Good Theology May Not Equate to Good Group
Many Catholics find it difficult to accept that there could be high demand (cult) groups that have been approved by the Vatican. This opinion is often affirmed by church officials, who don?t want to look for trouble. Catholics who come to realize that their family member belongs to a group that is suspected of being a high demand group often will state that they are relieved that Oh well! -at least it is a Catholic cult. We would have to concede that a beloved family member in a Catholic cult attends mass and has access to the sacraments of the Church and therefore is in some ways better off spiritually compared to someone in a non-Christian group.
However, there are a number of thriving high demand Catholic groups that cause significant damage to their own members psychologically, emotionally, financially and yes, even spiritually even though their theology is okay.
The underlying problem is that the individual member is unknowingly exploited by their top leader or leaders to turn over their free will plus most or all of their free time, money, energy and career aspirations and to direct their efforts to help their leaders to achieve money power and in some cases sexual favors. In such groups, it is common that members undergo drastic negative personality and behavior changes and suffer long term damage that can have serious consequences for the rest of a person?s life.
In an article written by Carol Giambalvo, a cult and mind control expert on her website, http://www.carolgiambalvo.com/ talks about some of the damaging and lasting effects including identity crisis, sense of purposelessness, grief, anger, boundary issues, trust issues, difficulty with relationships and authority figures, and underemployment. She also talks about various symptoms of Post Traumatic Stress experienced by former members. Note, she does not mention that such damage is any less for those in Catholic cult groups.
Altered States of Awareness Induced by Unethical Groups to Gain Control of Members
Carol Giambalvo has an interesting article http://www.carolgiambalvo.com/unethical-hypnosis-in-destructive-cults.html that identifies how unethical high demand groups are able to influence their members without their permission or awareness using mass therapy indoctrination. She refers to a number of techniques used by nearly all such groups including repeated inductions of trance-like states of consciousness similar to hypnosis.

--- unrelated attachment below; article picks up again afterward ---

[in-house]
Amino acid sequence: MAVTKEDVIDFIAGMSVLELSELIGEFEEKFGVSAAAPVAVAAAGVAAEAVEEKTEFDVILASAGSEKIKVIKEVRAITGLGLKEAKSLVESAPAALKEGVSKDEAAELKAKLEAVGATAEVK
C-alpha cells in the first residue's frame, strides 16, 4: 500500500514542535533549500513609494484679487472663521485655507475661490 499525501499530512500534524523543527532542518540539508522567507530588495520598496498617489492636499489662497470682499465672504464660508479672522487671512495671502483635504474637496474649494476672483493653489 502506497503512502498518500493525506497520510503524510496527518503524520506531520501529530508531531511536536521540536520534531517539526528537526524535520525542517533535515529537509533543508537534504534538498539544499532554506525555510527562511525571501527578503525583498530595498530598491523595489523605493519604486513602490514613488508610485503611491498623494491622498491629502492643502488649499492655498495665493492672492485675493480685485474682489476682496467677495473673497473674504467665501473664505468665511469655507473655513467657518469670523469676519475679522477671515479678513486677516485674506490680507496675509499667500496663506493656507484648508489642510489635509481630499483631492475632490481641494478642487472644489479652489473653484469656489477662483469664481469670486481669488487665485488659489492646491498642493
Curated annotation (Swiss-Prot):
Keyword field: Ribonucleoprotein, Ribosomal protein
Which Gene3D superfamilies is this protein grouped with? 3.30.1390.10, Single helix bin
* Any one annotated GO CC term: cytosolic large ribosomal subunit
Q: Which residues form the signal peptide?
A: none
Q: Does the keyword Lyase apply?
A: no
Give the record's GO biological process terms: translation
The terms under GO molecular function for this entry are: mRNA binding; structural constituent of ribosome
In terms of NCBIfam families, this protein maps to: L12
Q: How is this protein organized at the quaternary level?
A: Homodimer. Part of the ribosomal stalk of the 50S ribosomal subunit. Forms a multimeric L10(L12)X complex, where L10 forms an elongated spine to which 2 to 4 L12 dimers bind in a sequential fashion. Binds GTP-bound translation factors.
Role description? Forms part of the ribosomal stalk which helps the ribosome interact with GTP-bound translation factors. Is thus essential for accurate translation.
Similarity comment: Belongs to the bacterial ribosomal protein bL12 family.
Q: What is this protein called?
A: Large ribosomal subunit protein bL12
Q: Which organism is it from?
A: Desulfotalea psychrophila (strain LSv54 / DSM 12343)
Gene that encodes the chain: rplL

nvironmental control, social manipulation, isolation and the use of prescribed consciousness-altering techniques (e.g. repetitive and/or continuous chanting, meditating, or praying) are some of the methods employed to produce these altered states of awareness. She says that memories, emotions and even spiritual experiences can be manipulated while in an altered state of consciousness and that when someone is repeatedly subjected to such tactics, his or her ability to make decisions and evaluate new information may become impaired for months or years after they leave the group.
Independent Research Project Re Damage to Group Members
Cult and mind control expert Stave Hassan has written some very informative books and articles on this topic and on his resource center https://freedomofmind.com/Info/articles/indeppendentResearch.php there is an article by Ilona Cuddy about an independent research project regarding the damage caused by high demand groups. Refer to Chapter 4, entitled What Effect do Cults Have on Their Victims?
The above author mentions how high demand groups subordinate members well-being to the goals of leaders and that ex-members exhibit symptoms of posttraumatic stress due to the use of mind control techniques which are used and that the dependency that leaders induce may have serious consequences after leaving the group.
As part of the research study, 43 members of a typical high demand group were interviewed and almost half of them had experienced psychosis-like symptoms and one out of 4 had attempted suicide. Anxiety, feelings of guilt, and emotional disorders were common